It helps to memorize the staircase, because you can’t really see or feel much from inside your costume, which amounts to a portable isolation tank. Profanity is frowned upon, but hearing it does help those fighting their way up behind you feel less alone. In the tight space, the ascent is best accomplished by hunching over and holding your crown with one hand while lifting your robes with the other. With no hand free to open the tarps that you encounter at the entrance and exit of each box, simply use your crowned head as a battering ram to slip past the tarps toreador-style with minimal entanglement. Think of each tarp as a milestone rather than a dreaded obstacle.
Once everyone reaches their assigned places — three choristers per box — we fasten the tarps behind us. The lighting department has placed tape marks on the floor indicating where we should stand. If you step forward beyond the tape you will not be lighted properly. And you certainly wouldn’t want to be a dark angel among the heavenly host. But staying behind the tape puts you at high risk of snagging your crown in the box curtains, so hold absolutely still!
Meanwhile dressers down on the stage floor check us out and shout up instructions to everyone whose crown or drapes went askew during the ascent from hell. At that point one naturally takes a moment to think about the music we are about to sing, rather than the maddening itch under the mask, which cannot be scratched. This will be the third time in the opera that we will sing the lovely “Ave” chorus, and so to keep it fun, composer Arrigo Boito decided to write three different versions of it that contain just a few variables — over 30 of them, actually — making it an ongoing challenge to keep track of which version we sing when.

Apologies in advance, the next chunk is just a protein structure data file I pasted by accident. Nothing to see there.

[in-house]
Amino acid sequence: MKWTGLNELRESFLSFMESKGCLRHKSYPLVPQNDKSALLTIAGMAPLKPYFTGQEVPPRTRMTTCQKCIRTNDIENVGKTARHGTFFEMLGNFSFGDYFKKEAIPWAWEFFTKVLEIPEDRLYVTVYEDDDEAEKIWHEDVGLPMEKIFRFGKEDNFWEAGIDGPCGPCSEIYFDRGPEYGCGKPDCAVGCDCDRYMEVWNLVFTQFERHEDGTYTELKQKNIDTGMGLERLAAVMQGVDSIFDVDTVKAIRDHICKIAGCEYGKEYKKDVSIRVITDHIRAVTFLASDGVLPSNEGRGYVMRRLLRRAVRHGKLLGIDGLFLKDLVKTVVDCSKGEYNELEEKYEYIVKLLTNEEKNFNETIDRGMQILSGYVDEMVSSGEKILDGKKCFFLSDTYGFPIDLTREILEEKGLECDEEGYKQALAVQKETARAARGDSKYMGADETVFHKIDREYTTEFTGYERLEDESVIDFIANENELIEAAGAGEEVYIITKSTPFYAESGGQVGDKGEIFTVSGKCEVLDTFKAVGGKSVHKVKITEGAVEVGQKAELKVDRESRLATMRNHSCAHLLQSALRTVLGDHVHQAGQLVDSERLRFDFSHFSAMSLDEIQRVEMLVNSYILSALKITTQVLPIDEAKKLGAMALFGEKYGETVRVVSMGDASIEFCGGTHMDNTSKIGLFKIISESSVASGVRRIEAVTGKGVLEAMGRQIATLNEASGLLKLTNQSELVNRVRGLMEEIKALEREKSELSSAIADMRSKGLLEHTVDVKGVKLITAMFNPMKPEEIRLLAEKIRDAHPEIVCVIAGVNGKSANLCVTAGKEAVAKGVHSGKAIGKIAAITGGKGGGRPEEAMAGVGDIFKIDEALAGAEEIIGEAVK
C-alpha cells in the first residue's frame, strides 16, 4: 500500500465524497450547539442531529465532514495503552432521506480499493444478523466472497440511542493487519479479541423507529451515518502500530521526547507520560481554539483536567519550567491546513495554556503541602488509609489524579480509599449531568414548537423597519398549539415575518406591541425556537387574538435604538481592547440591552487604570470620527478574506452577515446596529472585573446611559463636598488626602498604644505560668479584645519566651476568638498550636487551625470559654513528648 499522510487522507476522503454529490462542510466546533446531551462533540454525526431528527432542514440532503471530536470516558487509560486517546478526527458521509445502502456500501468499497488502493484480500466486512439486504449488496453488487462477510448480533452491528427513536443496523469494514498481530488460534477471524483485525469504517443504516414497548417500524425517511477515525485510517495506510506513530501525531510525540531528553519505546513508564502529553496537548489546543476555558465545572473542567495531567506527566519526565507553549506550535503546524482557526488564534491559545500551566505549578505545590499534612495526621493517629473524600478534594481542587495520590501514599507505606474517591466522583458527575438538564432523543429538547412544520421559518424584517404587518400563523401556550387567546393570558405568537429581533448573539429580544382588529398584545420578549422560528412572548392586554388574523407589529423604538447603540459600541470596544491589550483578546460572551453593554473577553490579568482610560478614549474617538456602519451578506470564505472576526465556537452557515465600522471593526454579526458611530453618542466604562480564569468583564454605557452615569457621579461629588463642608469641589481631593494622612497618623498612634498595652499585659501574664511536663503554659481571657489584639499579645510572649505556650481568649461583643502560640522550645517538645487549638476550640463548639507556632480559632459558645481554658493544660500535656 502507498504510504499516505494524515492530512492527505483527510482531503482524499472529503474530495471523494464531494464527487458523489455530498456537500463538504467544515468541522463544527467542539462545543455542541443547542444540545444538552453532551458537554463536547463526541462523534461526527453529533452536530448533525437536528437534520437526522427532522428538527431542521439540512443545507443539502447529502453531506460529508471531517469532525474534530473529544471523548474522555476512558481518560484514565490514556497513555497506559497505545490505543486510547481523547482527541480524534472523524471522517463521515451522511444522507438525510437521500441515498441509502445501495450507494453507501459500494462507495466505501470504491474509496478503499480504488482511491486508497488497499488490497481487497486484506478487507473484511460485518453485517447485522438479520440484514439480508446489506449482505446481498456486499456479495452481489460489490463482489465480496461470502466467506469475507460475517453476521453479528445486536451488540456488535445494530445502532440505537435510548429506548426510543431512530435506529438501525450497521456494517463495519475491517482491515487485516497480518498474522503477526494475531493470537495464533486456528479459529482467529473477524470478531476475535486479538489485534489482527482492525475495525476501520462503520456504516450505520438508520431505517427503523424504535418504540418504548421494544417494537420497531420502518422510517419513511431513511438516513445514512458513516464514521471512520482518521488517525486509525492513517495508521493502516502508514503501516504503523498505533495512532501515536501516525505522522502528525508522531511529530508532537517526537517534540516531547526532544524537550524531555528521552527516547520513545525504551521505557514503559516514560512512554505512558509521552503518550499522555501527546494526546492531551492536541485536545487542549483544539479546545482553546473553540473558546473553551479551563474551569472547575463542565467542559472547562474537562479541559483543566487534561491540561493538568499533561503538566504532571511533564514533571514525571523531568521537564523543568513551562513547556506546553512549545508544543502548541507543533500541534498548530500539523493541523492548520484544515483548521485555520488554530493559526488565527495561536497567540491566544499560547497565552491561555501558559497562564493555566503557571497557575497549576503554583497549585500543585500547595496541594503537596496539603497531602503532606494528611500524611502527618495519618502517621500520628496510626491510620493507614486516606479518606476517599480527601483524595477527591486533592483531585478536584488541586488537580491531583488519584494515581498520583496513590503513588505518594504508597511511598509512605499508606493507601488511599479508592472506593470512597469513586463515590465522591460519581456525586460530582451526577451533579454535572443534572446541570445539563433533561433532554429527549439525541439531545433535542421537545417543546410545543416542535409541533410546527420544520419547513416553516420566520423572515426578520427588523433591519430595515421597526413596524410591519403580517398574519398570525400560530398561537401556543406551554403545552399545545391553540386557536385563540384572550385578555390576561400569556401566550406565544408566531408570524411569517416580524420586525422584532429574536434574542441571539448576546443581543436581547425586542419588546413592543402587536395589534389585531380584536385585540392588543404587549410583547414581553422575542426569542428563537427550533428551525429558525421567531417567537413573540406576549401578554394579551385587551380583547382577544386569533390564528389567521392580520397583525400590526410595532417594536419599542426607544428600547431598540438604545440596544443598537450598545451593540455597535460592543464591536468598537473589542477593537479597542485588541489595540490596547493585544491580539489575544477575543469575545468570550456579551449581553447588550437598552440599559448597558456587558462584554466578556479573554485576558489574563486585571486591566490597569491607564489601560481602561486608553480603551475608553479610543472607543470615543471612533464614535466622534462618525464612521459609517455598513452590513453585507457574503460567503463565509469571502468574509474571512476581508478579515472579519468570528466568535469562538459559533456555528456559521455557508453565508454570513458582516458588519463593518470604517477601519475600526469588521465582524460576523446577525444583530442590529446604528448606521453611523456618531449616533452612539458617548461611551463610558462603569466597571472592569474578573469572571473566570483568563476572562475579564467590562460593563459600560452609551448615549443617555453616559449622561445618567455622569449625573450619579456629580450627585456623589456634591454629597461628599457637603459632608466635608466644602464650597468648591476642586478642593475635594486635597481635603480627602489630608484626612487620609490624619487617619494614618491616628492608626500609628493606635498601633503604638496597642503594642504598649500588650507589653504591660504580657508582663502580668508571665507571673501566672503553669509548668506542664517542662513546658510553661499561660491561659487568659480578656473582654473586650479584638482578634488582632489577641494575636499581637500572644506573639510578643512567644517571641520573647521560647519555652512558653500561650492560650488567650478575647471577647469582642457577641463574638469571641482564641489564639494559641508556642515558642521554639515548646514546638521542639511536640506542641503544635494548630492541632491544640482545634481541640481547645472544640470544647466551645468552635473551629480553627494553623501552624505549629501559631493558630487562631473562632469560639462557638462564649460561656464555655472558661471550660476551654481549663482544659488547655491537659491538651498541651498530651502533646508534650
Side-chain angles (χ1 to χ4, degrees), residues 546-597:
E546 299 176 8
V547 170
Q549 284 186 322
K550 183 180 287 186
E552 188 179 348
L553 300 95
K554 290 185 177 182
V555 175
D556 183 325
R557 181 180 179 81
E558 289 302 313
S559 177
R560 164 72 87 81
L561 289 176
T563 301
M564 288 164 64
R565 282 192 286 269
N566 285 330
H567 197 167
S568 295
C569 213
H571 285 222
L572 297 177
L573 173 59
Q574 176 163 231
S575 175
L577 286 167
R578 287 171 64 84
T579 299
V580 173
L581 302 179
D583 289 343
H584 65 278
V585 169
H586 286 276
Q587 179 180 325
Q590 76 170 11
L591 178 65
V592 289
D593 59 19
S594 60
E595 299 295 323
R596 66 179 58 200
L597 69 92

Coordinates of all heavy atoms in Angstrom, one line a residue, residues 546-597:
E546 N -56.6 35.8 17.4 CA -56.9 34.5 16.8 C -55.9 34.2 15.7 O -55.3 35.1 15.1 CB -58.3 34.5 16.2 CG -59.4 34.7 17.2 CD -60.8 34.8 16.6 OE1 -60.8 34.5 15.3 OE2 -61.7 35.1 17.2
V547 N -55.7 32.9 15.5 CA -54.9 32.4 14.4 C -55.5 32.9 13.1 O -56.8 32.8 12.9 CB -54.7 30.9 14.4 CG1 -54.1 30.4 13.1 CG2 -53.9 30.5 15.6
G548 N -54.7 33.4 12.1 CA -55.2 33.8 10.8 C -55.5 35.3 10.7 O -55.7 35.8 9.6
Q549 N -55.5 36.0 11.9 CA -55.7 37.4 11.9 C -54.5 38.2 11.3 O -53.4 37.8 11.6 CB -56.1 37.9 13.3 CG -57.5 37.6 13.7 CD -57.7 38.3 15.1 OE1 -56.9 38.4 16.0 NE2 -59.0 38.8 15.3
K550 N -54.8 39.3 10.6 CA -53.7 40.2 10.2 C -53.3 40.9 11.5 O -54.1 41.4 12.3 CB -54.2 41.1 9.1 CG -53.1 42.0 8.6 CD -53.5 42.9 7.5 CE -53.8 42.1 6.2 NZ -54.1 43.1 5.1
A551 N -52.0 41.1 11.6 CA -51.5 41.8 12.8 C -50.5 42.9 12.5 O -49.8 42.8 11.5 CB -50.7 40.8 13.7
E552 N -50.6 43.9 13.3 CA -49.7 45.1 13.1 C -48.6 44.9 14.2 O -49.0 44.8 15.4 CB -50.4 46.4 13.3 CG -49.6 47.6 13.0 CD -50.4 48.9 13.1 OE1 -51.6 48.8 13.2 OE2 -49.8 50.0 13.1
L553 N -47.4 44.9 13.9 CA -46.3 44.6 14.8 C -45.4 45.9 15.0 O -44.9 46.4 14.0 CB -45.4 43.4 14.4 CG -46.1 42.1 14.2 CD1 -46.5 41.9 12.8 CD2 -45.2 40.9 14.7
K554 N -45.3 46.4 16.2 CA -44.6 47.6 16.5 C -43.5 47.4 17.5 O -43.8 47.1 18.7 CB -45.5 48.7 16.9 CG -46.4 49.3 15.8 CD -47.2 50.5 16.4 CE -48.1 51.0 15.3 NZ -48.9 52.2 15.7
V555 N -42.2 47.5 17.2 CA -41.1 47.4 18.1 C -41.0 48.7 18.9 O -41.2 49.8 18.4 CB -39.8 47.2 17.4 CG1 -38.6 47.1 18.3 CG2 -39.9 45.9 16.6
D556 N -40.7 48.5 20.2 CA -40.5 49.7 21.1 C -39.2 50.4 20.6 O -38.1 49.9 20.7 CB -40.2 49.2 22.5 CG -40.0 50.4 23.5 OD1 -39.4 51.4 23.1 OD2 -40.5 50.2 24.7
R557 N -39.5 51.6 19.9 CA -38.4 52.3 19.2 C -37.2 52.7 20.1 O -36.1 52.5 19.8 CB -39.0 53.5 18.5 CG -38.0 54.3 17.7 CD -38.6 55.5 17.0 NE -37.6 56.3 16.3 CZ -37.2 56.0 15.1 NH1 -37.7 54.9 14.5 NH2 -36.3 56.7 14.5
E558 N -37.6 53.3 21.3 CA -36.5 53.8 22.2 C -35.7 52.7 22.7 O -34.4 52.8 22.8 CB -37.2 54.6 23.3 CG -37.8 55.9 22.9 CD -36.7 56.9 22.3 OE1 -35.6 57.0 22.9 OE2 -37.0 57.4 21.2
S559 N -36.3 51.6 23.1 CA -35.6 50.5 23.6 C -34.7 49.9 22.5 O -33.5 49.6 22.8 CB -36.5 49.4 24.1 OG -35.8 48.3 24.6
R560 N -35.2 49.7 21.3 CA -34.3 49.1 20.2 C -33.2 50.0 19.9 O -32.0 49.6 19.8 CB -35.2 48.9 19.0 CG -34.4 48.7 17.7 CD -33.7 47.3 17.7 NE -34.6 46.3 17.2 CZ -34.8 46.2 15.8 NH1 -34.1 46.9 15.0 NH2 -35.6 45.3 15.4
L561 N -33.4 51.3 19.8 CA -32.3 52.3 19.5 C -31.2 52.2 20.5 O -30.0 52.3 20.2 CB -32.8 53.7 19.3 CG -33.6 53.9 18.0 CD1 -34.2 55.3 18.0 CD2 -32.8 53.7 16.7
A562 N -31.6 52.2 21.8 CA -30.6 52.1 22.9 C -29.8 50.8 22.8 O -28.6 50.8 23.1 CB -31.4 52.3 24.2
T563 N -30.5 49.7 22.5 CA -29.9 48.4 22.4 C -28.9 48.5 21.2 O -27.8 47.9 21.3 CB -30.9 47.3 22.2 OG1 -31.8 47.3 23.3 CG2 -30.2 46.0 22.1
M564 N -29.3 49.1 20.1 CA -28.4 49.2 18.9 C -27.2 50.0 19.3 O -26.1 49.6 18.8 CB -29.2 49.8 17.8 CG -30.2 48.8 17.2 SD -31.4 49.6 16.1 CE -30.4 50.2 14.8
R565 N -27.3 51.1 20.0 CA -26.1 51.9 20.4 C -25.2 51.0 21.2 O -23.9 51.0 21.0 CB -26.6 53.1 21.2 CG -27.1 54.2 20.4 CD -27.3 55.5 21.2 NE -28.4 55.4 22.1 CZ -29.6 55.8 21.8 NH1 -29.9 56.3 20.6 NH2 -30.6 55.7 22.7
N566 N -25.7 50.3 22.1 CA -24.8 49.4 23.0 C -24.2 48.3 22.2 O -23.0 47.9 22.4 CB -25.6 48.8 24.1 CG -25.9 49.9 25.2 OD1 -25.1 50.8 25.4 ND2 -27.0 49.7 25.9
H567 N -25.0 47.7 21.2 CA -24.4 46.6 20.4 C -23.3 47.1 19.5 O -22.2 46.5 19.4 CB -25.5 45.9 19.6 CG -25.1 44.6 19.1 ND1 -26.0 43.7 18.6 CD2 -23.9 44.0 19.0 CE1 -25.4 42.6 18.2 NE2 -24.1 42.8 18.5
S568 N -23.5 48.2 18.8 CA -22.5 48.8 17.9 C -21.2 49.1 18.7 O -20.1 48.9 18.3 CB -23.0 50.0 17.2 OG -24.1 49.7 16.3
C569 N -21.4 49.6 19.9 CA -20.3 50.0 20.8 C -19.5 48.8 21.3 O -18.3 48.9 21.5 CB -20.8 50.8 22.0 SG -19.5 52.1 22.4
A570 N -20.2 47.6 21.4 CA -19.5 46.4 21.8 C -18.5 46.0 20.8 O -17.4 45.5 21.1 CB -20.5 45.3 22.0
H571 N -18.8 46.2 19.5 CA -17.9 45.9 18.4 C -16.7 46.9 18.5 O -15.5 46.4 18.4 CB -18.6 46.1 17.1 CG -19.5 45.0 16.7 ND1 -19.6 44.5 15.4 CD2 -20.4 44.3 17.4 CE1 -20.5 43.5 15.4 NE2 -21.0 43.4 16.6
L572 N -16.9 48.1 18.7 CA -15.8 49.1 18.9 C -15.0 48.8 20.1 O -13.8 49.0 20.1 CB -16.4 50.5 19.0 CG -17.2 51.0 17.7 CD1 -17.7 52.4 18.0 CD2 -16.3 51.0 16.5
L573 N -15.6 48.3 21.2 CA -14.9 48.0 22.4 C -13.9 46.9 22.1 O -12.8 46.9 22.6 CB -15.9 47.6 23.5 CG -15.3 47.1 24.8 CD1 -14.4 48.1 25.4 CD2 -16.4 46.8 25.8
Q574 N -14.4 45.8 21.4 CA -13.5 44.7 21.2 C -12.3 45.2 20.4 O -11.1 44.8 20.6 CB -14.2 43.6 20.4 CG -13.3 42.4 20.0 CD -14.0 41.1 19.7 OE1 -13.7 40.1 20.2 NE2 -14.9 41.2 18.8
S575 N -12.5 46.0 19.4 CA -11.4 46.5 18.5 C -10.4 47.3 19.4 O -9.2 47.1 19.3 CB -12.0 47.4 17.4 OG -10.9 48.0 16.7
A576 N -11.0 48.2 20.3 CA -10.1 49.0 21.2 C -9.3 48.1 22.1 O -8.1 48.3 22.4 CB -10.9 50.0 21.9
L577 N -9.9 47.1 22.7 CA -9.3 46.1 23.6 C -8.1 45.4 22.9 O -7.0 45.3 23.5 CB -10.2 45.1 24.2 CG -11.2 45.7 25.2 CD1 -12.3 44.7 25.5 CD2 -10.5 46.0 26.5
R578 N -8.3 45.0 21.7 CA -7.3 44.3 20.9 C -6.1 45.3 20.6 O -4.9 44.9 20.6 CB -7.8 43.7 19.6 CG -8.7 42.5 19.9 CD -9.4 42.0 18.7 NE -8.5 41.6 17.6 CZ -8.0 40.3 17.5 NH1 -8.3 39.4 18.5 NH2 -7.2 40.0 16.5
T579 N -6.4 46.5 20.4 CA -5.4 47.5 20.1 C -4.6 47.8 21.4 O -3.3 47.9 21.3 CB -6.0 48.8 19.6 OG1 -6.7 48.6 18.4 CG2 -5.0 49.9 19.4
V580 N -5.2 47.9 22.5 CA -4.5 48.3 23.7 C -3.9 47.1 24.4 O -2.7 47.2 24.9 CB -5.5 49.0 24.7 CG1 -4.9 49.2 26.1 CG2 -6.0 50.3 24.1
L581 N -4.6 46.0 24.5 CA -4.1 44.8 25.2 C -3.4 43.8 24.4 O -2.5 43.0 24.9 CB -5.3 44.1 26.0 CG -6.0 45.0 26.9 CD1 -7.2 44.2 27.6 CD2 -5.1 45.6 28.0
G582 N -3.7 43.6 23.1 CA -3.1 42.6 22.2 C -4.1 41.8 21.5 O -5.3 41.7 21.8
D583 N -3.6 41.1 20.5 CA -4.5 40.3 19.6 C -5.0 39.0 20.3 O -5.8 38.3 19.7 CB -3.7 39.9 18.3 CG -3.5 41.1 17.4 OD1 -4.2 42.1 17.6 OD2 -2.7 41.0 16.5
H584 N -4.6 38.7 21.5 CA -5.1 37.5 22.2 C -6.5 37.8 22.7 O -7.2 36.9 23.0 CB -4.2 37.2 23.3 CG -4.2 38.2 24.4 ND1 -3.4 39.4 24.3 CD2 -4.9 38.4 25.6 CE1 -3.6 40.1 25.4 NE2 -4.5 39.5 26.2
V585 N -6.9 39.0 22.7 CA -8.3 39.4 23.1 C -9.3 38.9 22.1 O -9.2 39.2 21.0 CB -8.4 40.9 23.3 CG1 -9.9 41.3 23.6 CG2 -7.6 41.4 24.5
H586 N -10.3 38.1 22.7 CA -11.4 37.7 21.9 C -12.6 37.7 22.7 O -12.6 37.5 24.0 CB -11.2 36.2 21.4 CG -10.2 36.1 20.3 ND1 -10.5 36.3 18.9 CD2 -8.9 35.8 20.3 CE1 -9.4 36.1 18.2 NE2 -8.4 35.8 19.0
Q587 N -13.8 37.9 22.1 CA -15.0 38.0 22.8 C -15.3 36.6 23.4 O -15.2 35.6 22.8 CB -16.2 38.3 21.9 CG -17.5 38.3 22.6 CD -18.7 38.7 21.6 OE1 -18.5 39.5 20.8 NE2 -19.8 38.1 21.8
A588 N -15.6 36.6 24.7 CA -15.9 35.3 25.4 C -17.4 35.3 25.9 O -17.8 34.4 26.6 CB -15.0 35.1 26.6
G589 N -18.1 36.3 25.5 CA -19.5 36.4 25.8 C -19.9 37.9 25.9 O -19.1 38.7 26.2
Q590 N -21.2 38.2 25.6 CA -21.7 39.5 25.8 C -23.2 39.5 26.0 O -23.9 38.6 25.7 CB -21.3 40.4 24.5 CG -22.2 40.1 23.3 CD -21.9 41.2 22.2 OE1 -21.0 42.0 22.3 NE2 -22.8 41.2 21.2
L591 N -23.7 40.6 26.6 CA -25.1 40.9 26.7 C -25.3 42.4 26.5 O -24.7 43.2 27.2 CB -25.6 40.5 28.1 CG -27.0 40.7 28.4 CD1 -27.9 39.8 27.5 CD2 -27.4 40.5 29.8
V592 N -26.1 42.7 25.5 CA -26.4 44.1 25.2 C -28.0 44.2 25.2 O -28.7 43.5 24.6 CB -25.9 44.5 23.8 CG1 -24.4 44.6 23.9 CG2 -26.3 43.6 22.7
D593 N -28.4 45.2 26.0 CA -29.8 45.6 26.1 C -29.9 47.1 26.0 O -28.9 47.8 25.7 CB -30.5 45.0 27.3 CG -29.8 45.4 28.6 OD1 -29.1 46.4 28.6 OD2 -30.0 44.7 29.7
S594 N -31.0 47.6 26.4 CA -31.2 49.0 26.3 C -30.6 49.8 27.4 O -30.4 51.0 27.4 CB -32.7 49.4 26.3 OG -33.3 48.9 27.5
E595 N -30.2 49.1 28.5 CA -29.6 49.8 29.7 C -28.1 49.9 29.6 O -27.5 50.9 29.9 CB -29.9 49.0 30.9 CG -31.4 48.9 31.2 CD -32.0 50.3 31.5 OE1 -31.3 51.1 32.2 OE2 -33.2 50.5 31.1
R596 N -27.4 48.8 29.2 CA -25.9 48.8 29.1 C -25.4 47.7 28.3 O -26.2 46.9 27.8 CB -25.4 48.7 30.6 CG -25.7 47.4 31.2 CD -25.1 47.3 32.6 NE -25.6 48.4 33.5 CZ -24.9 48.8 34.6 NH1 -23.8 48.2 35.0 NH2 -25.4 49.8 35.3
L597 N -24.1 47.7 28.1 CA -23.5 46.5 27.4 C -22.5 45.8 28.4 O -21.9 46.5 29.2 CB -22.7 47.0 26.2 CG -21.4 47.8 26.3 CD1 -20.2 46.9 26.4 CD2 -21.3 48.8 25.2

Boito’s little teasers include note changes and variable texts such as, “emana emana” the first time, versus “emana un verso” the second and third time, and “d'amor, d'amor” the first and third time, versus “supremo amor” the second time. And he thoughtfully divided us into Chorus 1 and Chorus 2 so that we wouldn’t all be singing the same words at the same time. No cheating by relying on others. And then, before you’ve caught your breath, stage management shouts “CLEAR!” Dressers make a mad dash to clear the stage just as the curtain rises, leaving us standing there looking, well ... heavenly! Now honestly, could anything be easier than that?!
Whoa! And Reed has been doing this decathlon-in-three-hours with the San Francisco Opera Chorus since 1975, singing all the way, appearing in more than 2,600 performances of over 140 operas. Robertson, the great chorus master, has been weaving his magic since 1987; he is on his third Mefistofele cycle. I am constantly astonished by most reviews merely mentioning that, yes, there was a chorus — if at all. The singer’s lot is not a happy one, except for the knowledge of performing on this level, having overcome obstacles no church or symphony chorus ever encounters.
From Istanbul comes a response: Former SFO chorister Alexandra Ivanoff says: “And in the old days we had to breathe in the toxic fumes of fake fog as well. Tom Reed’s explanation will lay to rest the notion that an opera chorus job is a piece of cake.”